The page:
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Protect Your Online Accounts

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PadlockIt seems like, regularly, we hear stories about how some database was hacked and personal information was stolen. In such a world, it becomes increasingly important to protect your online accounts.

Whether you are trying to protect an individual account from being compromised, or whether you are trying to limit the damage due to a breach at some other company, there are some things you can do to protect your online accounts as much as you are able.

Be Careful of What Information Your Share in Public

One of the issues with passwords these days is that it is fairly easy to get information about likely password combinations with the help of publicly available information. Your blog, a social media profile, or other information online can provide clues to your likely password. Don’t build a password around information that is easy to obtain or guess from looking at the information you share online. Your kids’ or pets’ names, birth dates, names of parents, where you went to school, the year you graduated, and other similar information can be found online, or clues to the answers can be found fairly easily. Don’t use this information when creating a password.

If you want to come up with some truly difficult passwords, create a system that appears random, or use a password generator. Random.org can help you create a truly random password with no connection to your life events.

Change It Up

Don’t use the same password for all of your accounts. One of the techniques used after the PlayStation Network was hacked was to go to different web sites and try the same username and password combination. If a hacker gets your password from one database, all of your accounts are compromised if you use the same password. Change it up by using different passwords for different accounts, and by changing your passwords every few months.

Use a Cheat Sheet

In order for this to work, you need to omit some of the information, or create a clues to help you remember the password without giving it away. This can help you avoid problems if your cheat sheet falls into the wrong hands. Another method of “cheating” is to come up with a system. Use your favorite literary character, or use the first two letters in each word that makes up the title of your favorite song. Throw in a number, and create a method of mixing upper and lower case letters. Then, change something about the password to reflect which account it’s for.

For instance, I might use Scotland the Brave, with the number 73, an underscore and the second and fifth letters capitalized as my system. My Twitter password would be Twi_sCth73Br, while my Facebook password would be Fac_sCth73Br. Both look random, and would be hard to guess. But the system would mean that I could remember my passwords.

You can also encrypt your data using a free service like KeePass to protect your password and login information, or use a locked file on your computer to protect the information.

Bottom Line

There is no way to completely protect your online accounts. However, you can make it harder for others to break in, and you can limit the damage when one of your accounts is compromised, preventing unsavory characters from getting into all of your accounts.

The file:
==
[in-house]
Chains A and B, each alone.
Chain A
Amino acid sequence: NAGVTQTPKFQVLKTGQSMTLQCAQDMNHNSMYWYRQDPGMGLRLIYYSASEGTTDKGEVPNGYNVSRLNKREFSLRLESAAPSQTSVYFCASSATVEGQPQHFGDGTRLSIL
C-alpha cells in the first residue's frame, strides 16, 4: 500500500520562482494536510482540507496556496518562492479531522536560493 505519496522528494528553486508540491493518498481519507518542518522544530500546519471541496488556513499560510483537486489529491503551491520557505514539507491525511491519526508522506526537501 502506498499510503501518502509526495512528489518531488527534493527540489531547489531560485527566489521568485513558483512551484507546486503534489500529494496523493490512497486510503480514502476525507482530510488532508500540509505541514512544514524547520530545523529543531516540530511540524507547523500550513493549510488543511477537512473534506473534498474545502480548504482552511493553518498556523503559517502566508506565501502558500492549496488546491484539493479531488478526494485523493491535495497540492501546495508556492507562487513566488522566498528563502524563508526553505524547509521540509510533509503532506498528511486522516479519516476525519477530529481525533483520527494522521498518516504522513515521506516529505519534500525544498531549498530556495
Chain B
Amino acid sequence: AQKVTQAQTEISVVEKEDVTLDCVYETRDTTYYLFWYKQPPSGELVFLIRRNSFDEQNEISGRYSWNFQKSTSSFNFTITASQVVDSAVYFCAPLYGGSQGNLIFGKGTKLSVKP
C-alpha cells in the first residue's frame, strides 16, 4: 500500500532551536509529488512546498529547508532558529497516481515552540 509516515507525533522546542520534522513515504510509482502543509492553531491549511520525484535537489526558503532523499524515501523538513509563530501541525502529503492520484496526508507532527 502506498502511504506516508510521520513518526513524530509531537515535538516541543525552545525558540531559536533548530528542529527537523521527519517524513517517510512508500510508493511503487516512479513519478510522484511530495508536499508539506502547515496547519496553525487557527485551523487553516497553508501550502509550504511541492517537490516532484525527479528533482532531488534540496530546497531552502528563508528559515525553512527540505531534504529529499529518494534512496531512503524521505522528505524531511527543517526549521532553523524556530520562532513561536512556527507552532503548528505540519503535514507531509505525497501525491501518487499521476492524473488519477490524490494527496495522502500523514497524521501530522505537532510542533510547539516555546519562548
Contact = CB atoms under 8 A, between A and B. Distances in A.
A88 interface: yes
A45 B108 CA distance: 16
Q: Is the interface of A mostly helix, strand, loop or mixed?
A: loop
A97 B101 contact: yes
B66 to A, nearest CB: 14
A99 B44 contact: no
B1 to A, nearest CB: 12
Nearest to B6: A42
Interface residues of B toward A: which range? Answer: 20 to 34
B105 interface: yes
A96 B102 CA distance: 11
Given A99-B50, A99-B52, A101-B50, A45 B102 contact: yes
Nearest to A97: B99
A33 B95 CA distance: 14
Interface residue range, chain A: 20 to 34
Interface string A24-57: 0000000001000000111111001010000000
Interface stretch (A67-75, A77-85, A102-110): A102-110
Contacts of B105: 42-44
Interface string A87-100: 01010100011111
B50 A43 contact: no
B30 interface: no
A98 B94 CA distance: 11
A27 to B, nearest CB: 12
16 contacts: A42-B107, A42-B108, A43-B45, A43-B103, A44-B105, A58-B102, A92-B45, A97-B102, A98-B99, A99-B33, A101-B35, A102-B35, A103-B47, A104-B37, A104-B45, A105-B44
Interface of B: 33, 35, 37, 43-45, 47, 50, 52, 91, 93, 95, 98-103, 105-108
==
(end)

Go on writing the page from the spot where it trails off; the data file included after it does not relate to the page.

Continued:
(Photo: zebble)

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5 Responses to “Protect Your Online Accounts”

  1. Kurt says:

    One suggestion to add: Sign up for every type of alert offered by providers where you have an online account. These are proliferating. You can typically opt for an email or SMS to be sent to you immediately if activities that you specify (e.g., password change, withdrawal) occur.

  2. sp0rus says:

    Using something like Lastpass or Keepass (my password manager of choice) is a great thing to ease the burden of different passwords for every site and random passwords on top of that. Otherwise it’s nearly impossible to remember all your login information.

  3. govenar says:

    If I saw that your twitter password was Twi_sCth73Br, it’s not that hard to guess that your facebook password might be Fac_sCth73Br. (But probably in most cases the hackers would just run automated scripts that try logging in at other sites with your same password; a real person might not look at the stolen password (unless he was specifically targeting you and wanted to spend extra time). So I guess this is a reasonable method, and definitely better than using the exact same password.)

  4. Intentionally Blank says:

    Another security tactic I’ve seen is to change the user name rather than the password. Most hacking assumes that if your login on one site is JohnDoe1234 then your login name to other sites may be the same. Then they will just take your login name and start hitting a list of popular sites (and banking sites) and start pounding.

    You have two pieces of information to log in, your user name and your password. If your log in name is different on every site, you can use the same password.

    OK so its may not be any less hassle to remember, but it is more secure against hacking because it is opposite to the way most brute force hacks work. Unfortunately many sites are now adopting the practice of using your email address as your login name. While that may be convenient, it defeats this scheme. Fortunately I have not seen this used as a standard practice at financial sites, but I only access a very small number of those.


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